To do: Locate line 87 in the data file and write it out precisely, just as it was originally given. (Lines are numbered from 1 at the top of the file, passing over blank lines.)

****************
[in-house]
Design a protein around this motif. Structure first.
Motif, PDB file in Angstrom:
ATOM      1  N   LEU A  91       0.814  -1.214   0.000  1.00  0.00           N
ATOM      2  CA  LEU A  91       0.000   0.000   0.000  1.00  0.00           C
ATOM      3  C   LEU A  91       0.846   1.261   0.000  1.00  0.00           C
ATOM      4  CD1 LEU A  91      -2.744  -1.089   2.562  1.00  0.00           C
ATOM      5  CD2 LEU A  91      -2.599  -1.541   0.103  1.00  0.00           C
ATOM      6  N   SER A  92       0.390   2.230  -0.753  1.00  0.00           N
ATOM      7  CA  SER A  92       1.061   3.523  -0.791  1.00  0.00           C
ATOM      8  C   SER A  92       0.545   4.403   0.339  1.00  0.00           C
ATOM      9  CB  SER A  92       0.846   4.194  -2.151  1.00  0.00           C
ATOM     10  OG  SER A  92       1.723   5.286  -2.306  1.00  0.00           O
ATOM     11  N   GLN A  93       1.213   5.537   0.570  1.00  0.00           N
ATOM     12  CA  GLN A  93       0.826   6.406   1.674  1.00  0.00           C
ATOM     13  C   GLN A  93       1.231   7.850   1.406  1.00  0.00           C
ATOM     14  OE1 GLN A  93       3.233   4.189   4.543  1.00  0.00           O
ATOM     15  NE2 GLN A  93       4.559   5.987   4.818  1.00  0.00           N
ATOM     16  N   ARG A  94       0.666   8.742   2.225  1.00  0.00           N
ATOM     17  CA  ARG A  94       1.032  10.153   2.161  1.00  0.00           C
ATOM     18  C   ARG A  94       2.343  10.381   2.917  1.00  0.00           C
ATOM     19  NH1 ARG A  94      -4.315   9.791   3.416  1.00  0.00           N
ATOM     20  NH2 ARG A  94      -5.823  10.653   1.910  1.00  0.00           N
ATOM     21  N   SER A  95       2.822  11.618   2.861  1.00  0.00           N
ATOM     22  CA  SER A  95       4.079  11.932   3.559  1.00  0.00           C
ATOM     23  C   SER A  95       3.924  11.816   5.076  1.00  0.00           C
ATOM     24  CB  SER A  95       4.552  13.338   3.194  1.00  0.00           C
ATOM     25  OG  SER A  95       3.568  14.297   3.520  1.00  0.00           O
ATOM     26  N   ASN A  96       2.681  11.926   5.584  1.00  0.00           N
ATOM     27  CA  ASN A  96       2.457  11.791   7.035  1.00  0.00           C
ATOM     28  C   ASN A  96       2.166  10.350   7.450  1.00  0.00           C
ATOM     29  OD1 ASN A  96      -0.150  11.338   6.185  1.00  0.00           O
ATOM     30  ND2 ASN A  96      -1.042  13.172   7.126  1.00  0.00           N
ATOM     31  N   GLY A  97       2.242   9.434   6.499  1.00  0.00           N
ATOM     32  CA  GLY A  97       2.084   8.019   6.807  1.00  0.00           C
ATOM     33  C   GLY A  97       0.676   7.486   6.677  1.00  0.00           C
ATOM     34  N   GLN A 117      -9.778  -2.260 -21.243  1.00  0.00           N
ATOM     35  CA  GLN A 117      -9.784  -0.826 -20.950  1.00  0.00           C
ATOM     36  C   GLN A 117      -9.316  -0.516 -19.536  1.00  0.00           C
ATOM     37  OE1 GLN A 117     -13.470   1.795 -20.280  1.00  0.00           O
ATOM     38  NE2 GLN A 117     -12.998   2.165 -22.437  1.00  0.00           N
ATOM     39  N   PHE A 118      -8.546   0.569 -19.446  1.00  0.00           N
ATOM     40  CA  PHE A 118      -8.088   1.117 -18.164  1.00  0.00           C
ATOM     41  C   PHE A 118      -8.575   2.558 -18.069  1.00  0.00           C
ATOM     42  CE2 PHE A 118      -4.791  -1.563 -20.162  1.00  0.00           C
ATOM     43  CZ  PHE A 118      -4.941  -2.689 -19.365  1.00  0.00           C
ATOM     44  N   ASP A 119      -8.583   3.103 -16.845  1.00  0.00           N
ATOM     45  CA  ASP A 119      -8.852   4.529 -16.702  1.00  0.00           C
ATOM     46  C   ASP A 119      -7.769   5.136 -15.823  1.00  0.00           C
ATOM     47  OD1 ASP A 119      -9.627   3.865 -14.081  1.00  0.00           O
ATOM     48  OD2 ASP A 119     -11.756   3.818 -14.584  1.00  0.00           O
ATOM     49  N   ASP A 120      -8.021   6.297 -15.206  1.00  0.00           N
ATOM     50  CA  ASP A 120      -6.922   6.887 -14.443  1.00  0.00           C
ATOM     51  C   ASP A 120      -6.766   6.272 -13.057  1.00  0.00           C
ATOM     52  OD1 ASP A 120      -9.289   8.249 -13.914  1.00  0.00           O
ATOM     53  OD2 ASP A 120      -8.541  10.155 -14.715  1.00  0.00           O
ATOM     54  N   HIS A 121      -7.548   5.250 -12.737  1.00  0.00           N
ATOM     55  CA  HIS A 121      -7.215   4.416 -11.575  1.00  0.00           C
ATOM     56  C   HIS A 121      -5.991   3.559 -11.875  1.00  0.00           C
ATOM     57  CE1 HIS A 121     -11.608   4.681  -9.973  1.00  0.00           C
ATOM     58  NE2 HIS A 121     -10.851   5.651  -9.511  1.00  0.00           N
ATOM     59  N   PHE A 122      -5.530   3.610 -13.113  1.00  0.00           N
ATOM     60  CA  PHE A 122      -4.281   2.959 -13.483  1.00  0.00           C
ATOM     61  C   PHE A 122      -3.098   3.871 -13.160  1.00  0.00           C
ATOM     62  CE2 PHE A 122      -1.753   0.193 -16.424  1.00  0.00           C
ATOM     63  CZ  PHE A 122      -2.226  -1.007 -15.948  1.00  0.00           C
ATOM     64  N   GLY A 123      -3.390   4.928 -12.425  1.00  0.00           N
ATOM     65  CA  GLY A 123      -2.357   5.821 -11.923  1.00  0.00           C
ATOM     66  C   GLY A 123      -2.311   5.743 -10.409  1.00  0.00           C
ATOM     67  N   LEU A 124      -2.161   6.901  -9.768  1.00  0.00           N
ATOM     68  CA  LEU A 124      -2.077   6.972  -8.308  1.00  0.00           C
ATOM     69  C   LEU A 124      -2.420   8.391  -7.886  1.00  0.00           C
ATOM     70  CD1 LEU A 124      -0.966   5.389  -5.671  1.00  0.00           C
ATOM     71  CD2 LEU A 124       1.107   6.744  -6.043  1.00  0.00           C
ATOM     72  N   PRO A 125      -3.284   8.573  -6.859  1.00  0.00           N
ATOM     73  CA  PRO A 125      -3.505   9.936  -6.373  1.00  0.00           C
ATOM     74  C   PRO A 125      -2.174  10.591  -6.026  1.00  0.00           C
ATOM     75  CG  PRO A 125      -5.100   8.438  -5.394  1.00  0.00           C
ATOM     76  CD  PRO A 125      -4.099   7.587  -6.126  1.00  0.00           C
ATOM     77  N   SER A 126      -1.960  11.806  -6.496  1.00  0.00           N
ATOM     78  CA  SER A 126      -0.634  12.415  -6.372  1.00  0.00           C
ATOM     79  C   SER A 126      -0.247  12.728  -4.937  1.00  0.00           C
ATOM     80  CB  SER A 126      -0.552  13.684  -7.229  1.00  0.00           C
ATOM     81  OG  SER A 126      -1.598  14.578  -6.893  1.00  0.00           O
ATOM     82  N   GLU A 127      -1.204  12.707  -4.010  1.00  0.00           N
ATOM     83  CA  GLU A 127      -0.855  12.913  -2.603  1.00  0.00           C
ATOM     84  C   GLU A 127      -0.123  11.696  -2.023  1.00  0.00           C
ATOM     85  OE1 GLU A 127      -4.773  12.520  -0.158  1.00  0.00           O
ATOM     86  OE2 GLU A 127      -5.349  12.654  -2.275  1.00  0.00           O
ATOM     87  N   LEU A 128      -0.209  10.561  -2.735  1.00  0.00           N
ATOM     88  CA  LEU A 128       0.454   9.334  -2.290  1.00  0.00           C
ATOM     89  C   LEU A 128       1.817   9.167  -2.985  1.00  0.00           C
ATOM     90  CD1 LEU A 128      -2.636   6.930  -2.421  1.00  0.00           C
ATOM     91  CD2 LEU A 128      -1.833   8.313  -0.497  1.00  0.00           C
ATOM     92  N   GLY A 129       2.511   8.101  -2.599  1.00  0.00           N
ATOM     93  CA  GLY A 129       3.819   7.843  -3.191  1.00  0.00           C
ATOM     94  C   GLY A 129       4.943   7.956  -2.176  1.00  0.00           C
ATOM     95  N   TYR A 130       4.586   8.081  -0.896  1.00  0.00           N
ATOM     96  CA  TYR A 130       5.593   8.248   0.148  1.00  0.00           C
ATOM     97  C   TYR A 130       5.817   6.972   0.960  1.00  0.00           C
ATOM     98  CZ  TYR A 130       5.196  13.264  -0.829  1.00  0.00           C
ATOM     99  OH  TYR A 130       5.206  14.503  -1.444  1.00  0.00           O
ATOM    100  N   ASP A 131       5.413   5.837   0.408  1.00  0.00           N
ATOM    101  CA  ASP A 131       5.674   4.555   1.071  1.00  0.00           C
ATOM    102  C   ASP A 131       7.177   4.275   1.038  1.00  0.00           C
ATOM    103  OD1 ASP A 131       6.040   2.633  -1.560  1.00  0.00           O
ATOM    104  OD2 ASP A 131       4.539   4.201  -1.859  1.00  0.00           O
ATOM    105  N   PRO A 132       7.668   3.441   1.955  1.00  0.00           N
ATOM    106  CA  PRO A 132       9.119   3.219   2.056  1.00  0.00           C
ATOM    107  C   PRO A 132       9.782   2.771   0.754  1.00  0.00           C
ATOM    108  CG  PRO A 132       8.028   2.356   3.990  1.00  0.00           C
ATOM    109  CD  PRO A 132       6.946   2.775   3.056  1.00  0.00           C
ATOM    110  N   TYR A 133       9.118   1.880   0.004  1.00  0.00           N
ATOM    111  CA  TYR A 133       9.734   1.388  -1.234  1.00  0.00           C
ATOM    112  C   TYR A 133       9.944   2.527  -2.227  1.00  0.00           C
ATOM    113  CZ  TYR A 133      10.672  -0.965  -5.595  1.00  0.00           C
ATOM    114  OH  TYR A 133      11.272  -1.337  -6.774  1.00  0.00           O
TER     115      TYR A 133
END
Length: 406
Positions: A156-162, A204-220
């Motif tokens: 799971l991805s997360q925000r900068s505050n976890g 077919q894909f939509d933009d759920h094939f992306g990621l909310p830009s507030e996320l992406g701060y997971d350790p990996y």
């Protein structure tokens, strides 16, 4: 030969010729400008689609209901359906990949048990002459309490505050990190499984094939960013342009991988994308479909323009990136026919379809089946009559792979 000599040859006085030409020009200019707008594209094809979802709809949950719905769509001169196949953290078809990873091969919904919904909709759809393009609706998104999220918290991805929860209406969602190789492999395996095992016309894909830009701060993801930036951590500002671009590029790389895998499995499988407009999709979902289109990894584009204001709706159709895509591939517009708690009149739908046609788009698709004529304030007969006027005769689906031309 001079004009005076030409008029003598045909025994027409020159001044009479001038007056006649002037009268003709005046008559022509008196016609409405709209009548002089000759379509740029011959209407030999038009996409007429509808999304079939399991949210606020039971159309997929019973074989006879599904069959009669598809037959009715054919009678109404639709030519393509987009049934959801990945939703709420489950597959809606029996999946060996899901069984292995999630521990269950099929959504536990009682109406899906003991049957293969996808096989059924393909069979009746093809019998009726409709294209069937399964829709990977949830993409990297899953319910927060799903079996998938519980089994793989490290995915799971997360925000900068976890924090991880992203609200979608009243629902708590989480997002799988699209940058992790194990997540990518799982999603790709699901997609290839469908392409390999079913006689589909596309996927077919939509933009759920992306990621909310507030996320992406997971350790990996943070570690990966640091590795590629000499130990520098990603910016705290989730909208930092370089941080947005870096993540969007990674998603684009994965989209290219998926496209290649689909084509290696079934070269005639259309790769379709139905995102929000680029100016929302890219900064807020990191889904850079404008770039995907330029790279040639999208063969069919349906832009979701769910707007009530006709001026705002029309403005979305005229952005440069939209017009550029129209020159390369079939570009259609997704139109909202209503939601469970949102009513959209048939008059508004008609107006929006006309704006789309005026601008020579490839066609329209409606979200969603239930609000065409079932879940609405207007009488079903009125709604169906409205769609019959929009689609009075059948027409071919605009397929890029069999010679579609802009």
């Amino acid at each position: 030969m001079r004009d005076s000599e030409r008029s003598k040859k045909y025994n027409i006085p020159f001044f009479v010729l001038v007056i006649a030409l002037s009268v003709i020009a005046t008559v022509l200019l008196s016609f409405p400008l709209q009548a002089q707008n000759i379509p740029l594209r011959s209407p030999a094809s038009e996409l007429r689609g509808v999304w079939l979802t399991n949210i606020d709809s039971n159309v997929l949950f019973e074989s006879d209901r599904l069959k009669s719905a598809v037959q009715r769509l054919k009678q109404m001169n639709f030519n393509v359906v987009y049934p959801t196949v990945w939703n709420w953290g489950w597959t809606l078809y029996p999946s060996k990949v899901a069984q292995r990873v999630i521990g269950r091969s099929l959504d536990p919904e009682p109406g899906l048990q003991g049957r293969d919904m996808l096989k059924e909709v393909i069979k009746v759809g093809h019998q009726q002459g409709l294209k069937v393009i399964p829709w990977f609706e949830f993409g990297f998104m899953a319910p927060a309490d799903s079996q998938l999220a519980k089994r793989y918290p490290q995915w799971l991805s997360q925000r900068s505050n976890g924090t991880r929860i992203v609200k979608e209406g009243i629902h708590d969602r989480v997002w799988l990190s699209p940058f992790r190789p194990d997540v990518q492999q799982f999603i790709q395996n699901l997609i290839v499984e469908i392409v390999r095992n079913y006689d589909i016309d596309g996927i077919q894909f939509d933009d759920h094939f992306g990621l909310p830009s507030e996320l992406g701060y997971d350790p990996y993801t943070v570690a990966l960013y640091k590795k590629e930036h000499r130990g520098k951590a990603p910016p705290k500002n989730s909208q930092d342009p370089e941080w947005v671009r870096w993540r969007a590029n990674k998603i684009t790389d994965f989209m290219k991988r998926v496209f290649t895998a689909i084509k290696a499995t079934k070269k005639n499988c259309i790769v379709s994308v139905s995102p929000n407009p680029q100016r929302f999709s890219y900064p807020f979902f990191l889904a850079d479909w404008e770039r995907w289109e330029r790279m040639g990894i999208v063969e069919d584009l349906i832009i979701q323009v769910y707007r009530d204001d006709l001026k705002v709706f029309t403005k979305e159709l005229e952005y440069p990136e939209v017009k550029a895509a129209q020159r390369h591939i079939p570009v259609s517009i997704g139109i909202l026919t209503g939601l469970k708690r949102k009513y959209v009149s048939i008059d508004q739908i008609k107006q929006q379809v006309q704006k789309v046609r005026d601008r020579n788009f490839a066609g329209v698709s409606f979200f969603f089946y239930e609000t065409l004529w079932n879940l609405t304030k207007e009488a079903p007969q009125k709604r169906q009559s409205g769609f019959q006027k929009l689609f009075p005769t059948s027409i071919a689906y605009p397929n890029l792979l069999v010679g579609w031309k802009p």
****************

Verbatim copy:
ATOM     84  C   GLU A 127      -0.123  11.696  -2.023  1.00  0.00           C